Committal for Contempt of Court: Webber

Magistrates' courtCommittal for Contempt of Court

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Ref. H01BS360


Date: 25/05/2022






1. This is a sentencing hearing and the court needs to consider what penalty, if any, to impose on Miss Isabelle Webber by reason of her breach of an injunction order made under part 1 of the Anti-social Behaviour Crime and Policing Act 2014 on 20 April of this year.

2. I am assisted today by Mr Denford for the City Council of Bristol and by Miss Hampton for Miss Webber who has spoken in mitigation on behalf of her client.

3. The brief background to this case is as follows: On 9 August 2021, the City Council applied for injunction orders to be made against Miss Webber under the 2014 Act. In brief, the grounds for the application were that they said to the court that Miss Webber would take drugs in public and was begging aggressively. On 9 September 2021, Deputy District Judge Batstone made an injunction order against Miss Webber. He made a number of provisions: he forbade her from sitting, loitering, or approaching people for the purpose of begging within the city of Bristol, from threatening or verbally abusing any employee of Bristol City Council, the Bristol Drugs Project, St Mungo’s, or any person of Avon & Somerset Constabulary, and to that provision he attached a power of arrest. He also imposed positive requirements on Miss Webber: to live and sleep at Dean Crescent Hostel, and to engage with Dean Crescent for the purposes of dealing with her drug addiction.

4. A Miss Uba Mohammed was employed by St Mungo’s as a support worker. On 8 December 2021, it was alleged that Miss Webber was verbally abusive and threatening to Miss Mohammed. She was arrested on 4 January 2022 and put before the court and released on bail until 26 January 2022. On 24 January 2022, the City Council applied for those proceedings to be adjourned generally with liberty to restore because it said that Miss Webber was working with the City Council, and the order that it sought was granted on 25 January 2022. There had still been no disposal of the incident of 8 December 2021. No application has been made to restore that part of the proceedings.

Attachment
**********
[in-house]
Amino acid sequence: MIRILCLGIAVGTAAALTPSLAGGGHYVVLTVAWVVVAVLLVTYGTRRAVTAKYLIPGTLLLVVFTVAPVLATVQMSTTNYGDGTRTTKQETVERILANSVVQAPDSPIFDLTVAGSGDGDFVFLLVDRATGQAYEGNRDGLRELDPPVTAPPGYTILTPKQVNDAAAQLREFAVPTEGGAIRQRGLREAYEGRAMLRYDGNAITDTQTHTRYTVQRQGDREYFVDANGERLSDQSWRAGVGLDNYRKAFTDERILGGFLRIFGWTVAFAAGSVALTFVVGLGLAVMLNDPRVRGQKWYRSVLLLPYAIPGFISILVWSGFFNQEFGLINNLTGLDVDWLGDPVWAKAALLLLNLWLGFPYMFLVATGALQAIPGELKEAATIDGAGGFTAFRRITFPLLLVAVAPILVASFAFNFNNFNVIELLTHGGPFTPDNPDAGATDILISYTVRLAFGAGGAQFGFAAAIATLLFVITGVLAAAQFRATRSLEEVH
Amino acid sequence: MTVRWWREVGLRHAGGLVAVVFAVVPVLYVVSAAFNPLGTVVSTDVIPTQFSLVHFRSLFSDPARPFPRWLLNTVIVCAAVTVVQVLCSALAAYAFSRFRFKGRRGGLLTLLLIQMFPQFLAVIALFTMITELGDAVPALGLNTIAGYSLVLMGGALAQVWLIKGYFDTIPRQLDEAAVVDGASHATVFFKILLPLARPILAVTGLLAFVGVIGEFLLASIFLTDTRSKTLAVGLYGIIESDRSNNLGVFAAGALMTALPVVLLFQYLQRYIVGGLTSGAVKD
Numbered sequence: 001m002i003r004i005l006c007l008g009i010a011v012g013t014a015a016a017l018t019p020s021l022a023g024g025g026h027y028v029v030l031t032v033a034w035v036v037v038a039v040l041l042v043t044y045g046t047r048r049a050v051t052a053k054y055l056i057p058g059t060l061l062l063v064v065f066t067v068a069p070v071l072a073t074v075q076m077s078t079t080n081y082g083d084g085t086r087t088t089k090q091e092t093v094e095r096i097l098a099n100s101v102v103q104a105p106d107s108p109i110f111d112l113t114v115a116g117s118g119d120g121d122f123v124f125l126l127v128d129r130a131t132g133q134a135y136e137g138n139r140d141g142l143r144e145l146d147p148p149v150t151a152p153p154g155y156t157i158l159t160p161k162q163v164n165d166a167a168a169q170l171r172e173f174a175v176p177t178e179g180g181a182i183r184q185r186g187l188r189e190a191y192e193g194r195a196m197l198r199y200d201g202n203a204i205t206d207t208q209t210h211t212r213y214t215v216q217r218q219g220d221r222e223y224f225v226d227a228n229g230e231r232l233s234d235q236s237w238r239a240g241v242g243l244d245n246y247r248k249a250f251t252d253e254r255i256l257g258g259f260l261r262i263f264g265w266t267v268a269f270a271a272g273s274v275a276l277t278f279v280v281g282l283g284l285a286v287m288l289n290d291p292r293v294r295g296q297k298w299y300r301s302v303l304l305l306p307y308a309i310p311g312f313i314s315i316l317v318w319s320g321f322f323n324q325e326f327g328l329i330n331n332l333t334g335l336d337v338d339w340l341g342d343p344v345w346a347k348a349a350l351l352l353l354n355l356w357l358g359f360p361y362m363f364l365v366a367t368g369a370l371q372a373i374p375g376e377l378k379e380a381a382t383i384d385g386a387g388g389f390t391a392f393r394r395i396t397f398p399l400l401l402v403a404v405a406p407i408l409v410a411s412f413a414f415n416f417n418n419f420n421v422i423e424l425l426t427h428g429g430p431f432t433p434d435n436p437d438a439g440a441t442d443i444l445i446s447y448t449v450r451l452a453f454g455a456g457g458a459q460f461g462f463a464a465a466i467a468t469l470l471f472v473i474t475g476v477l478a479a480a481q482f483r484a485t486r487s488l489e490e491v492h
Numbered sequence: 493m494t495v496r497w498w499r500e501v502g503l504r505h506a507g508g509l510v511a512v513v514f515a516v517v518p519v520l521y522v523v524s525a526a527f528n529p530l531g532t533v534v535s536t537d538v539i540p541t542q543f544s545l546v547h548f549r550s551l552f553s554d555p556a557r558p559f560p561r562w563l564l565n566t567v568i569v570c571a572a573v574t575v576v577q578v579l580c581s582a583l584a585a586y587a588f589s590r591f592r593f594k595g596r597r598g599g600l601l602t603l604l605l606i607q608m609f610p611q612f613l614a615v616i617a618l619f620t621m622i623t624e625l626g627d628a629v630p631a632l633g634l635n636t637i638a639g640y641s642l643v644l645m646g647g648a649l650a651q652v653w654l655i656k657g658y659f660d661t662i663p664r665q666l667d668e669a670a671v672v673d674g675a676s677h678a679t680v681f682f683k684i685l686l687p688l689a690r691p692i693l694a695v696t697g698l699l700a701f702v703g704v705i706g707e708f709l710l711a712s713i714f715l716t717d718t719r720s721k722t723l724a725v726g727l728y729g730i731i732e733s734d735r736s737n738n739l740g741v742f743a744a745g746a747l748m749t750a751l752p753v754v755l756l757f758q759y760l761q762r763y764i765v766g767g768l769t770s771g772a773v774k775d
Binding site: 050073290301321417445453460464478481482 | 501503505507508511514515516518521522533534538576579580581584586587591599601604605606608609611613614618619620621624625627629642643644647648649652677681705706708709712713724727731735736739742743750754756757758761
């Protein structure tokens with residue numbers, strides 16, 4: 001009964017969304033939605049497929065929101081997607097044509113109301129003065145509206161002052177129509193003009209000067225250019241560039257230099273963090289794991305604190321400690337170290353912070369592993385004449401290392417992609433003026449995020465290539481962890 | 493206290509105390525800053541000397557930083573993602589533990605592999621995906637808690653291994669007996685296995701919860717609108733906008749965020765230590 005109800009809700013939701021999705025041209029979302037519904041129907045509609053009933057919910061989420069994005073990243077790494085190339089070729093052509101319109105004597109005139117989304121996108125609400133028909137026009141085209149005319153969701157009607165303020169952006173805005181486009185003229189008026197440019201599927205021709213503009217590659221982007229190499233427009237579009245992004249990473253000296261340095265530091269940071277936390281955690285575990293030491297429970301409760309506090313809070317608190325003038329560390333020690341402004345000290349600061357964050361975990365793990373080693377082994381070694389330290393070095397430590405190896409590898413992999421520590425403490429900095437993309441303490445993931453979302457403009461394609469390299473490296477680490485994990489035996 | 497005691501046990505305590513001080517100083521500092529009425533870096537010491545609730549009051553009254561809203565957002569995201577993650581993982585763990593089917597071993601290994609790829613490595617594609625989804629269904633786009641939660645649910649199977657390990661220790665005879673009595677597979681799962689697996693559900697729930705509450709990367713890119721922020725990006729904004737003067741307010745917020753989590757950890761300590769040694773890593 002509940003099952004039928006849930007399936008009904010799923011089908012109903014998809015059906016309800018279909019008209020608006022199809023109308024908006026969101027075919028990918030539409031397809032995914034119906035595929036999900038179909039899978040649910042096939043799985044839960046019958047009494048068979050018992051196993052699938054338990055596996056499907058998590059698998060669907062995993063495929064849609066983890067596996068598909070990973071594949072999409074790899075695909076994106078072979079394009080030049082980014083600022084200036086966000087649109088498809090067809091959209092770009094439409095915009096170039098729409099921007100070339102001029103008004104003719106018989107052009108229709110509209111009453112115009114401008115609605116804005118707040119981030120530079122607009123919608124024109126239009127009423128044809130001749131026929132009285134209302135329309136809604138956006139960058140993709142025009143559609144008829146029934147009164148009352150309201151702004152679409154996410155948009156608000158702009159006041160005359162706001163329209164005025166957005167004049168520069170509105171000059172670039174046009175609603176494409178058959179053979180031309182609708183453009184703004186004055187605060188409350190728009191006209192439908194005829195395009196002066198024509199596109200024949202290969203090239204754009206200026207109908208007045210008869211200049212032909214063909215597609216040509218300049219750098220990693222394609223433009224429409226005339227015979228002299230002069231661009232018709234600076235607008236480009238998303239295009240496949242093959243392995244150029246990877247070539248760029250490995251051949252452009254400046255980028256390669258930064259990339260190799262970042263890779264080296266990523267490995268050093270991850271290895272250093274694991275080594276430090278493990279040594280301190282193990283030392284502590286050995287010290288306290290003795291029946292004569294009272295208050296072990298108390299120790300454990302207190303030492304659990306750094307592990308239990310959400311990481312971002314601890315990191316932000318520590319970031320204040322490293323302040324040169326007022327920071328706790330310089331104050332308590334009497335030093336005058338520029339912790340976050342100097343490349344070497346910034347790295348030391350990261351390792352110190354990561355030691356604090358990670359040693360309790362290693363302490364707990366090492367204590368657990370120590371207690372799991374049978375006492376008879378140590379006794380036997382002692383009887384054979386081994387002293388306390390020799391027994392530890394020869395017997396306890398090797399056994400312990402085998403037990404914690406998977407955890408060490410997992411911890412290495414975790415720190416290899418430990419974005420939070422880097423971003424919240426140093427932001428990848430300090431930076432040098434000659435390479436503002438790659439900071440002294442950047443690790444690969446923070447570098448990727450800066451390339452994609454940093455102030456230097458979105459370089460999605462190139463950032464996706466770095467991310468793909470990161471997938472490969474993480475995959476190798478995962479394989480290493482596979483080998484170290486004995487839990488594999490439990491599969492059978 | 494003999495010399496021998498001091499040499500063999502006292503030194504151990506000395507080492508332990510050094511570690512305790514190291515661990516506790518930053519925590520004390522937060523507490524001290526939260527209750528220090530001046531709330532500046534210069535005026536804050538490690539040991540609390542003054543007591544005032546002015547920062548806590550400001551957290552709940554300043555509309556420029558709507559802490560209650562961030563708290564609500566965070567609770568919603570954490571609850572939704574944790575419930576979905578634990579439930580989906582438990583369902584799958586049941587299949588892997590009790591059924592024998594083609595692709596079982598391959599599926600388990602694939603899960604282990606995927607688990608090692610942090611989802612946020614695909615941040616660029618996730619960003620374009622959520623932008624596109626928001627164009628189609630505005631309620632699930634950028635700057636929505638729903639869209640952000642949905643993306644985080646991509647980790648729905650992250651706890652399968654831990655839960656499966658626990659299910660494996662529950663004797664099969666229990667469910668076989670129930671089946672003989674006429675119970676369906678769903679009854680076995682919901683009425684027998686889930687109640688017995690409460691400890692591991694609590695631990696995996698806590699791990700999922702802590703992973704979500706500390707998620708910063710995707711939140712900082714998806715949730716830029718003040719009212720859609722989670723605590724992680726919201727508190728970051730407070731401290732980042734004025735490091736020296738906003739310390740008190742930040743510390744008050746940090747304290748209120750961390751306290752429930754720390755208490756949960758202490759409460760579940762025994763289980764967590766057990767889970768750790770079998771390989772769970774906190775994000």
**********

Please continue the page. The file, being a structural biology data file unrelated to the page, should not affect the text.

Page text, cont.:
5. On 23 March of this year, the City Council applied to vary the injunction order requiring Miss Webber to vacate and not return to Cleeve Road in Knowle, and that order was granted by Deputy District Judge Gorman with a power of arrest. On 8 April of this year, that varied injunction order was confirmed by Deputy District Judge Chappell.

6. On 20 April of this year, it was alleged that Miss Webber was abusive to PCSOs Ayres and Lydford. She was arrested on that day and she was put before the court on 21 April. She was represented by Mr Richardson on that occasion and the breach of the injunction order was admitted before Deputy District Judge Chidgey. He deferred sentencing until 10 May, and then at that hearing on 10 May, the hearing was adjourned by District Judge Wales to today, 25 May.

7. I remind myself that the powers of the County Court are limited whereas the powers of the Magistrates’ or the Crown Court are much more extensive and can be better tailored to meet the needs of the case at hand. The powers of the County Court to penalise for contempt of court amount to imprisoning someone for up to two years with a power to suspend that sentence for a period of time on terms, to fine the person or sequester their assets, or to do nothing at all, or to adjourn the proceedings. The ethos of the County Court is to secure compliance with its orders.